The beautiful valley of Ziarat about 133 kilometers away from Quetta, is a holiday resort, famous for its residency where Quaid e Azam Mohammad Ali Jinnah spent the last days of his life. The valley stays refreshingly cool in summer and snow clad in winters. But rains and snowfall in the winter season are now going down steadily especially northern parts of Baluchistan have thirty-eight percent fewer rains and snowfall for the last five years. As a result of this drastic drought condition, the annual rate of production in local orchards has gone down steadily.
Though the condition is getting a little bit better with the continuous downpour in the entire province, these ill-timed rains are equally alarming for researchers. Moreover, the beautiful valley of Ziarat hit by a late seasonal snowfall in the morning of 16th April 2019, widely featured across the social media since the valley had not experienced such an event around five decades.
The remarkable longevity of Juniper trees in Ziarat valley considers as significant for the ancient weather patterns and ecosystem. The Juniper forests lie on hilly areas ranging from more than 1000m to 3500m above the sea level, in some cases, reported as 5000m. These trees have been playing important ecological roles like helping in mitigate climate changes, providing a hub to some of the rare species.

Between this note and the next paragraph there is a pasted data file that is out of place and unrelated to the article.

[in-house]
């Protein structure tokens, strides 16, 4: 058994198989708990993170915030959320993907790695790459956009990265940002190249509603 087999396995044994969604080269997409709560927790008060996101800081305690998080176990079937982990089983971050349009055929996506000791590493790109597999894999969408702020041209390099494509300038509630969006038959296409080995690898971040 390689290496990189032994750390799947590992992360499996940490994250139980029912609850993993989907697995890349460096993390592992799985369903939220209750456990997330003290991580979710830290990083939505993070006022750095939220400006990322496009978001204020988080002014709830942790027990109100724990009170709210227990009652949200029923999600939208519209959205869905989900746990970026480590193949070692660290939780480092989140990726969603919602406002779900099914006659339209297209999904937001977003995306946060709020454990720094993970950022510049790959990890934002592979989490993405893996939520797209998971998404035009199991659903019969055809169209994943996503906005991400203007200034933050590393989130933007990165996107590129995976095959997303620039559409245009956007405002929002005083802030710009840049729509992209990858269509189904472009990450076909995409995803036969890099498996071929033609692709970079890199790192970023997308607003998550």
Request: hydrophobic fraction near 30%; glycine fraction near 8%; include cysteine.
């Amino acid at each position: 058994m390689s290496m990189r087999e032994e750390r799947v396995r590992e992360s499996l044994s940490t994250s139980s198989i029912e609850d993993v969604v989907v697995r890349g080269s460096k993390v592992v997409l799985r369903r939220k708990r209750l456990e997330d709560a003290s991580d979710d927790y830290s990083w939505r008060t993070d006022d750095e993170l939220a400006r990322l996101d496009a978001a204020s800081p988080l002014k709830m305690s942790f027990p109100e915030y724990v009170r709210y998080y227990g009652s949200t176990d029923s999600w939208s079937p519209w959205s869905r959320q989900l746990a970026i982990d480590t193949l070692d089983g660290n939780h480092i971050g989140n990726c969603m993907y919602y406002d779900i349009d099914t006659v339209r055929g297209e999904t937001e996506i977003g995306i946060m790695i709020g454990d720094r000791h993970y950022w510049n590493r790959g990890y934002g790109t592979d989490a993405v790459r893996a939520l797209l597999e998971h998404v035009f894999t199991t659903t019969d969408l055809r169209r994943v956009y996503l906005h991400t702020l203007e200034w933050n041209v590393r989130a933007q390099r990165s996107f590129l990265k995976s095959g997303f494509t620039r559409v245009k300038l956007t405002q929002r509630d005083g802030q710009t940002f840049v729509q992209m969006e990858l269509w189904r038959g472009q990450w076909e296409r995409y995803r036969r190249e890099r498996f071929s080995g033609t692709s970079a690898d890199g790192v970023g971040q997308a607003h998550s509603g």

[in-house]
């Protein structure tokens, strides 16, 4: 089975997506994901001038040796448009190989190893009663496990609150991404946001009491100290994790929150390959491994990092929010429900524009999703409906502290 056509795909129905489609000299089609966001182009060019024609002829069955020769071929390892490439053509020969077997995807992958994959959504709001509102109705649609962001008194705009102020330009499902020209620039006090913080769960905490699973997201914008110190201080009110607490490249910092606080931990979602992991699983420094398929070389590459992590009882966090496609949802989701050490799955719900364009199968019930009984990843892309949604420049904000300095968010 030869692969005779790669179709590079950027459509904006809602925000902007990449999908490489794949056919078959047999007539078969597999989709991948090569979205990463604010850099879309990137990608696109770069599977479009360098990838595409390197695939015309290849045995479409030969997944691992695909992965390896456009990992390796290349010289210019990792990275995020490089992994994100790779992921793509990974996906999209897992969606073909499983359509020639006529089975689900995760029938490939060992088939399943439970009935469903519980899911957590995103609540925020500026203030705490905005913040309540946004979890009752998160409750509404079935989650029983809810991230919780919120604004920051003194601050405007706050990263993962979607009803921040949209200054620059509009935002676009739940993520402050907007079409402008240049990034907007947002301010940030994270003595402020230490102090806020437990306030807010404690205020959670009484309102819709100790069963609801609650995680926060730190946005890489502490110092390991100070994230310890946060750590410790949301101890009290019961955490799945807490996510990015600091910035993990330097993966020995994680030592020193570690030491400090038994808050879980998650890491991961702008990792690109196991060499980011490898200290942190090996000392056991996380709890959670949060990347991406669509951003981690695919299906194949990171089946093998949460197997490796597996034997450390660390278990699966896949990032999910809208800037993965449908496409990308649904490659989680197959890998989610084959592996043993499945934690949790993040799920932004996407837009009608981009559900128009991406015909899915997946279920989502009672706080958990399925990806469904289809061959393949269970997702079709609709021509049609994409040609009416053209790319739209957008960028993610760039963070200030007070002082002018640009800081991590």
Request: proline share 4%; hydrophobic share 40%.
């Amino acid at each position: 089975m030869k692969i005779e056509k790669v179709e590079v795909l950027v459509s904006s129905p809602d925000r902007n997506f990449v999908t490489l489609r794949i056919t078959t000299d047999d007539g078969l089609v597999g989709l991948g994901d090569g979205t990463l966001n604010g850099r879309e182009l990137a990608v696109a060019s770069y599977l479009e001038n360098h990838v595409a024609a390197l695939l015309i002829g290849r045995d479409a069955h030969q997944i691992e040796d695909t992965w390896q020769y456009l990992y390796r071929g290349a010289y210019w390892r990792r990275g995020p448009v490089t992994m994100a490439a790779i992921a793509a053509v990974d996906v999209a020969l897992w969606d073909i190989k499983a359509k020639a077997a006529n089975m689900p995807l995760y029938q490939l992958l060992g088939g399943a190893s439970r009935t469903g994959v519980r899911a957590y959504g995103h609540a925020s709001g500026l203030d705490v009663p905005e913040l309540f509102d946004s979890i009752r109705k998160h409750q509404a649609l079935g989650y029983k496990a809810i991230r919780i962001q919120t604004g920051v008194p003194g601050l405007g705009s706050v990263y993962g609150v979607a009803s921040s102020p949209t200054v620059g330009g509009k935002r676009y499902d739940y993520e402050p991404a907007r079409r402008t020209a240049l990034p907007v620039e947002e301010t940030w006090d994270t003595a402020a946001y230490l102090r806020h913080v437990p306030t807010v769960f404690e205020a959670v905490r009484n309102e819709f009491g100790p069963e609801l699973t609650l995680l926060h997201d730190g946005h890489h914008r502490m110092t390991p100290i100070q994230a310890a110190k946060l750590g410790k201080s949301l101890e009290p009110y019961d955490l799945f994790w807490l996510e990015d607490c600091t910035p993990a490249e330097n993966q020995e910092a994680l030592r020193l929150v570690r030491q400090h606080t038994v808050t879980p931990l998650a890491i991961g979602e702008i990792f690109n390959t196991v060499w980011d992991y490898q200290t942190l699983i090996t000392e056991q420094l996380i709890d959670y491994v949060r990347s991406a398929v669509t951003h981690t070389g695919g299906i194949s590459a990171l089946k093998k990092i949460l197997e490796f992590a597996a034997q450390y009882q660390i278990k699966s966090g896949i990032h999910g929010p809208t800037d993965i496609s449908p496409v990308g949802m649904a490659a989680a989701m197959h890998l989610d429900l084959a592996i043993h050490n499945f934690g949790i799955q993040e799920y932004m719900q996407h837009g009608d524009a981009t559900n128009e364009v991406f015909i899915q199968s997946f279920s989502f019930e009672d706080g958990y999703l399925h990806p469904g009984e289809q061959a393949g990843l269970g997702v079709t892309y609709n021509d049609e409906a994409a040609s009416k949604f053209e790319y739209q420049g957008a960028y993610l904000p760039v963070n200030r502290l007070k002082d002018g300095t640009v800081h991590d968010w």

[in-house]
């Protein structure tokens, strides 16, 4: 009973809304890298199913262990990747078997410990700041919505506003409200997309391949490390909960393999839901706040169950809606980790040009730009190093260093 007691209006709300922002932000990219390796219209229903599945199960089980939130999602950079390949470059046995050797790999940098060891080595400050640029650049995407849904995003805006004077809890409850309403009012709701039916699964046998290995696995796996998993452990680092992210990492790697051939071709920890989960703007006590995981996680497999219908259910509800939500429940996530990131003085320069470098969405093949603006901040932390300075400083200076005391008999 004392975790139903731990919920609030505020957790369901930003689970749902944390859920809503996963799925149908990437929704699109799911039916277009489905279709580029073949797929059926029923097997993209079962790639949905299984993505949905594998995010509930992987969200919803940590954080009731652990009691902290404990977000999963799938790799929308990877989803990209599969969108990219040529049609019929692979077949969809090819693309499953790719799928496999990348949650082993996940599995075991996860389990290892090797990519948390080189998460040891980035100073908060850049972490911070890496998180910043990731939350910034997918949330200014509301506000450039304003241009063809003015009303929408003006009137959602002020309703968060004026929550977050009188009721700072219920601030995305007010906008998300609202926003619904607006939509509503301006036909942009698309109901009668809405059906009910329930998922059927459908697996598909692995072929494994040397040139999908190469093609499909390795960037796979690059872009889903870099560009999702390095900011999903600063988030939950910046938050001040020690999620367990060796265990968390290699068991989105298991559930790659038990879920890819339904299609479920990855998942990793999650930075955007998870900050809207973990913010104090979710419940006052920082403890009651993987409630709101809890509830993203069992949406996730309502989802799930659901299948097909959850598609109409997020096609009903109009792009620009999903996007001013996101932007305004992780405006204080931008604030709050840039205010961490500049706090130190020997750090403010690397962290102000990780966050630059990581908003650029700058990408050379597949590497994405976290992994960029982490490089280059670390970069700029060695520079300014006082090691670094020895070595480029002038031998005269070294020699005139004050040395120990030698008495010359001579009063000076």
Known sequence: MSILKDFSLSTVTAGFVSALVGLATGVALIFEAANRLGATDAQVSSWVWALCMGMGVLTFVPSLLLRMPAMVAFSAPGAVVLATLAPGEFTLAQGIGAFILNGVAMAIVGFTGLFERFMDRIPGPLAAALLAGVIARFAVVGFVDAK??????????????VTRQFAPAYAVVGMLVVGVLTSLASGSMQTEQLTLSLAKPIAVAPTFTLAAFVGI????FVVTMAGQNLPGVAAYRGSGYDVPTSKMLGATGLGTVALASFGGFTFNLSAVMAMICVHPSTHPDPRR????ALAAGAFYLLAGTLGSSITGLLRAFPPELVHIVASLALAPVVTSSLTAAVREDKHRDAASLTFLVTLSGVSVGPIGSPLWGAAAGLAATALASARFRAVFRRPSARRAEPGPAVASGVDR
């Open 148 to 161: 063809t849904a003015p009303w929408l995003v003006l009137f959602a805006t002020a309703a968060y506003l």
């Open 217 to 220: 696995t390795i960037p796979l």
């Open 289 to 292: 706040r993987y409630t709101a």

These forests are the natural absorber of carbon dioxide and other greenhouse gases. Although the majority of local residents from district Ziarat and nearby have been migrating to other areas for three to four months in extremely cold weather, those left behind have no other option than to cut down the trees for their survival.
The Juniper forests of Ziarat considered [not officially declared] as the second largest juniper forests in the world.” this tree grows one inch per year and includes in the region that hosts world’s oldest, most bio-diverse forests, located an area of around 1,11,000 hectares. Although, not a proper ecological study has done in recent years but as per estimation more than half of the trees have mercilessly cut down and the hills once famous for its greenery and scenic beauty now looks barren.
According to global forest watch researchers, around 30 million acres of forest lost worldwide in 2018, mainly the primary forests those considered as mature woodlands. Though widespread global efforts are carried out for forest conservation, the key region that hosts the world’s oldest and most bio-diverse forests are trending in the entirely wrong direction and Pakistan includes in these countries.
Saadeqa Khan is the founder, CEO, & Editor-in-Chief of Scientia Pakistan. She’s a member of the Oxford Climate Journalism Network (Second Cohort) and NASW. Saadeqa is a fellow of NPF Washington, The Falling Walls Foundation, and the Science Journalism Forum. Saadeqa has won several international journalism grants and awards for her reports.